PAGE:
January 7, 2004
foaf runs amok
Imagine someone casts a spell, and we all woke up tomorrow without fear of universal IDs. Let’s say Dan bought the domain “humanity.org” and established a worldwide FOAF repository. To make this really wacky, let’s say someone invented a cheap way to determine a unique hash ID from our personal genetic code. I can see it now: I walk into my local pharmacy, drop a few quarters into the DNA reader, spit on a slip of paper and slip it in the machine, then out pops a printout of my unique dnaChecksum.
I run right home with it and create an account at “humanity.org”, where I answer a few questions and it creates and registers my FOAF resource, complete with a brand new dnaChecksum-related PGP key (we’ll assume this is an SSL connection).
So now that I’m “somebody”, I start browsing humanity.org. “Hey, this is just like Buddy Lists,” I think as I find friends and link them to my new record. Over time, others link to my record, adding properties of their own to my FOAF representation, such as “I really trust this guy” and “don’t ever date this loser.”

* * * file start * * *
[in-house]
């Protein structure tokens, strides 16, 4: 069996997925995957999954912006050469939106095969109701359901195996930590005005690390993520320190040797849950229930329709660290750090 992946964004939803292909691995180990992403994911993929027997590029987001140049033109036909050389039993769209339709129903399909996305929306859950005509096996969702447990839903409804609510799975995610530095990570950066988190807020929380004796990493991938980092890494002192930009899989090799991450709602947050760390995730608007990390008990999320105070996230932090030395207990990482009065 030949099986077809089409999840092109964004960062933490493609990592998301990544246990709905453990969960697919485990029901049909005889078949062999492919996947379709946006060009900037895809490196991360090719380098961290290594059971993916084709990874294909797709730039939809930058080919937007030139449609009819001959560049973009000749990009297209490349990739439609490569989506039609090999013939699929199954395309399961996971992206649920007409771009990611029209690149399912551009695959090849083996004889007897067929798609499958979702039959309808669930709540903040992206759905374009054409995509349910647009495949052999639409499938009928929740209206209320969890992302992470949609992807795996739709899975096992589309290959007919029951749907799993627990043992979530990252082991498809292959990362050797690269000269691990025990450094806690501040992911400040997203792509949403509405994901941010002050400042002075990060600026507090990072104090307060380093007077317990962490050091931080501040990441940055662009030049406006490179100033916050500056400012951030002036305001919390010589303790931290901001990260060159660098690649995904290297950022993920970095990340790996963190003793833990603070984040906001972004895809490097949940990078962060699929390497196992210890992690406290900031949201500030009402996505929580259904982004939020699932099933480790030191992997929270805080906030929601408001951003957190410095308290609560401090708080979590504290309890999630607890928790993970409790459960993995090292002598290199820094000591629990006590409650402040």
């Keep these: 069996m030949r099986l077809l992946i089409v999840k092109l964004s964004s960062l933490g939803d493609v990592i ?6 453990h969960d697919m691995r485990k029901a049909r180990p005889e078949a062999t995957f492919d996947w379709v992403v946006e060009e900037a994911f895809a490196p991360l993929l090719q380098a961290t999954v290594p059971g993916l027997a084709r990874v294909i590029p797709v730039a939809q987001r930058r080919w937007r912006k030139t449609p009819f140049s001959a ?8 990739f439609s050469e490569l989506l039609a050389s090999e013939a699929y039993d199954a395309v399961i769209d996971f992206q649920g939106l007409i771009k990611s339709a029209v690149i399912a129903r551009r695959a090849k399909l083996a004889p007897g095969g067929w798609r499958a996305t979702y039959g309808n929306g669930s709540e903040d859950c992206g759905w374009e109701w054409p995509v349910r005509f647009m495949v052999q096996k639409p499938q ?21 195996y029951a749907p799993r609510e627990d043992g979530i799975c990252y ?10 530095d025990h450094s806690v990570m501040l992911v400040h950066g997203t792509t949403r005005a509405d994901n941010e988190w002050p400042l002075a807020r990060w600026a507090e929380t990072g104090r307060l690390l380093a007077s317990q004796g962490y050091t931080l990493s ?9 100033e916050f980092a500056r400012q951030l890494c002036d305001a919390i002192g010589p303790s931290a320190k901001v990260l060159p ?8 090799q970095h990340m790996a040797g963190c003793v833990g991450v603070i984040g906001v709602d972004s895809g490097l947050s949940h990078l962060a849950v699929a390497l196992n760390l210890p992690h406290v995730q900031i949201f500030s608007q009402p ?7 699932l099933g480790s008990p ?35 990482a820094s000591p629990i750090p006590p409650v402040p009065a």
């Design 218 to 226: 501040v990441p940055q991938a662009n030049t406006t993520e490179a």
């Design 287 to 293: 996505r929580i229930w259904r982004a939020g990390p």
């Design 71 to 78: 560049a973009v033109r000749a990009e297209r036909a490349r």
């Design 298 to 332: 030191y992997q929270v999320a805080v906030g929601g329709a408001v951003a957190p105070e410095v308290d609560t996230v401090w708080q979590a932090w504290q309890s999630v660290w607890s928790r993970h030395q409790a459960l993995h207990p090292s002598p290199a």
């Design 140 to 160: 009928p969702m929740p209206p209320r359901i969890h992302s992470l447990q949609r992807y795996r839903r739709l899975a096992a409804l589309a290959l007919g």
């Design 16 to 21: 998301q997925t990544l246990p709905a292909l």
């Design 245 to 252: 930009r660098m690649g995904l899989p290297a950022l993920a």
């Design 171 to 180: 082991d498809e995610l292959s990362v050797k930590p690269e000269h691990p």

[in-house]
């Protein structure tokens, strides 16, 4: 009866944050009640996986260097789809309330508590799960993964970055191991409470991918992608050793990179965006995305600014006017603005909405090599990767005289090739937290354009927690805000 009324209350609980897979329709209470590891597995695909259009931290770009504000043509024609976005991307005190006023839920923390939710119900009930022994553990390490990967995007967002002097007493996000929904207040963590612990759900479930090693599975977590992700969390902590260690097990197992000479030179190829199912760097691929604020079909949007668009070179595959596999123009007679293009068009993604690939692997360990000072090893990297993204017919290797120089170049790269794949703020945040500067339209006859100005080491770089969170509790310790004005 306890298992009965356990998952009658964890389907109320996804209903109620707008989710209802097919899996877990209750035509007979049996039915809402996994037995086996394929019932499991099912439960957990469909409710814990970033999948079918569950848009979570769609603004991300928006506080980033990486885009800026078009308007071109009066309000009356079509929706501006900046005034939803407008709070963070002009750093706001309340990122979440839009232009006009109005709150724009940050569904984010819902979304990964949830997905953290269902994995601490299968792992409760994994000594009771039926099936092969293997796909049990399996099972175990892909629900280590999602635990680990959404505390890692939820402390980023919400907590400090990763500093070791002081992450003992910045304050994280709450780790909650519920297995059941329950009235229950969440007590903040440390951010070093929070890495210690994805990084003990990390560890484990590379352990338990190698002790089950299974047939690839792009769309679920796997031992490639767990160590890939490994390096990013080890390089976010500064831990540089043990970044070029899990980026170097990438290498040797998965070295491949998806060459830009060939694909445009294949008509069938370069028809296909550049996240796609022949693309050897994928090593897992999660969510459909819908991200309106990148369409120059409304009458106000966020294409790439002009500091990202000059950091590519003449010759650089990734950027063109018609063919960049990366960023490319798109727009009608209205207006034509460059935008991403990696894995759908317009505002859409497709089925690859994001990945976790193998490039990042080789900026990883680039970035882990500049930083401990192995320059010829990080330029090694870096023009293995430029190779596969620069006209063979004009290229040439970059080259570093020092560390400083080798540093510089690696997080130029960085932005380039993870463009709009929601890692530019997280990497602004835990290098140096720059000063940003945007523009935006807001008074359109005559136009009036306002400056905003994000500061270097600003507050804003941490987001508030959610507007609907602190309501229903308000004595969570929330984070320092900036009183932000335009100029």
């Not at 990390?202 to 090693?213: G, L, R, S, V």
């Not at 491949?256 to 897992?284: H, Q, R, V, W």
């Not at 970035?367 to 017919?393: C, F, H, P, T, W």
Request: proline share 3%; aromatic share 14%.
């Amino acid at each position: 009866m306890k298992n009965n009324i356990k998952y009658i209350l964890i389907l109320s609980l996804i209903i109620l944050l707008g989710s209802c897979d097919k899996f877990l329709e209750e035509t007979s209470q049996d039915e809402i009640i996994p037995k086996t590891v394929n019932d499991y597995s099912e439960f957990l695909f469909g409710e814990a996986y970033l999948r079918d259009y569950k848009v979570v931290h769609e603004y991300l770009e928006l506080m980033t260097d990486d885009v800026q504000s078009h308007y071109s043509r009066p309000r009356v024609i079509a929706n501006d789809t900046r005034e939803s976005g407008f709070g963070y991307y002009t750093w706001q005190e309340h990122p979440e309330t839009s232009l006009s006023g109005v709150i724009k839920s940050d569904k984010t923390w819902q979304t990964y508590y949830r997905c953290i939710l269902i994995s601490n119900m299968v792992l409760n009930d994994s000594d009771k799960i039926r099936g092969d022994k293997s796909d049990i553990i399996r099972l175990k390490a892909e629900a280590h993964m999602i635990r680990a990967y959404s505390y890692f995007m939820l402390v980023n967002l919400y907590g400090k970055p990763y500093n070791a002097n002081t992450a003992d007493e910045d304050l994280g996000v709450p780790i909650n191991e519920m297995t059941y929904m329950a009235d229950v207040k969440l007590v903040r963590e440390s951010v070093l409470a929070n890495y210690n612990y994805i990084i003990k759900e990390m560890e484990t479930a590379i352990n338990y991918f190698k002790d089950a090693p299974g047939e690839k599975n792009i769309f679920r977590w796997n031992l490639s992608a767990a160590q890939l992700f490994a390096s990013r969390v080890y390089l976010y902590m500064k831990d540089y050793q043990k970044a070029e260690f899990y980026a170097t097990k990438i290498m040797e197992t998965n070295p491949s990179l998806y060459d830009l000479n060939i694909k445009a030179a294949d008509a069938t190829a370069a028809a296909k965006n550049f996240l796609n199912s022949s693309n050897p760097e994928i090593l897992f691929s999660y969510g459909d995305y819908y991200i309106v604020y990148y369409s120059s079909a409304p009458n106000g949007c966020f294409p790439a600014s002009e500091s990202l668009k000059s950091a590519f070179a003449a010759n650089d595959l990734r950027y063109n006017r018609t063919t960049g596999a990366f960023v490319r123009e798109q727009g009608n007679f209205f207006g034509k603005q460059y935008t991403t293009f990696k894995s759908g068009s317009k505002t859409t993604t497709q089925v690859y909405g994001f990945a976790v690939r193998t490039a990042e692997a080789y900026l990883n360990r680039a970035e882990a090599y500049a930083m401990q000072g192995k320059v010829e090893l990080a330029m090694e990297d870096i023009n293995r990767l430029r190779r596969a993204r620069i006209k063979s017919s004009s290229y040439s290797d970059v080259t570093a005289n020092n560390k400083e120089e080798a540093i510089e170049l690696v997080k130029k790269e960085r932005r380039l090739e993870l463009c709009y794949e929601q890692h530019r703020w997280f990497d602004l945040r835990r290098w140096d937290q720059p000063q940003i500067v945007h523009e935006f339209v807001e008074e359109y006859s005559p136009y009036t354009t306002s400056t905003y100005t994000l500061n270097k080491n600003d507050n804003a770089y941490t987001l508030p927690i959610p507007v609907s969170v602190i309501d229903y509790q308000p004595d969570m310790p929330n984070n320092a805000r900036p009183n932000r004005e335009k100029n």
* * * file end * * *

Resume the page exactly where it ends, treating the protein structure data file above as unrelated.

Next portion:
My dnaChecksum becomes very handy. I sign my email with it (the new vcard). I create accounts with it. It’s all very safe because of my PGP password, which I change every three hours just to be sure. Over time, Dan’s website becomes the kinder, gentler, Passport system, free of Microsoft tyranny and IRS ickyness. Of course the load would become too great, so humanity.org would branch out, much like name registrars. There’d always be the central site, which would simply redirect your dnaChecksum request to the appropriate FOAF server.
People would extend FOAF willy-nilly, creating all sorts of Match.com ontologies, all rooted in the universal dnaChecksum. People would find themselves sneaking a stray hair of an intended into their purse, then bringing it to the pharmacy to determine if their blind date was really who he said he was. Nevermind the Gattaca implications. Our DNA readers would just give out the checksum.
After a while of course, the government would get into the act. Our dnaChecksum would reference our tax records, our driving records, our credit histories, our birth certificates. Eventually, this number would be used for everything: driver’s license, phone number, email, auto keyless entry, home alarm system, ATM/credit card. Nobody would be able to do naughty things though, because we’d protect ourselves with that ever-changing PGP password.
And in the end, after our funeral, the undertaker would submit our PGP revokation certificate to the humanity.org website. Our FOAF record would gain yet another property, perhaps its last:
Hey, you never know. All this could happen, right?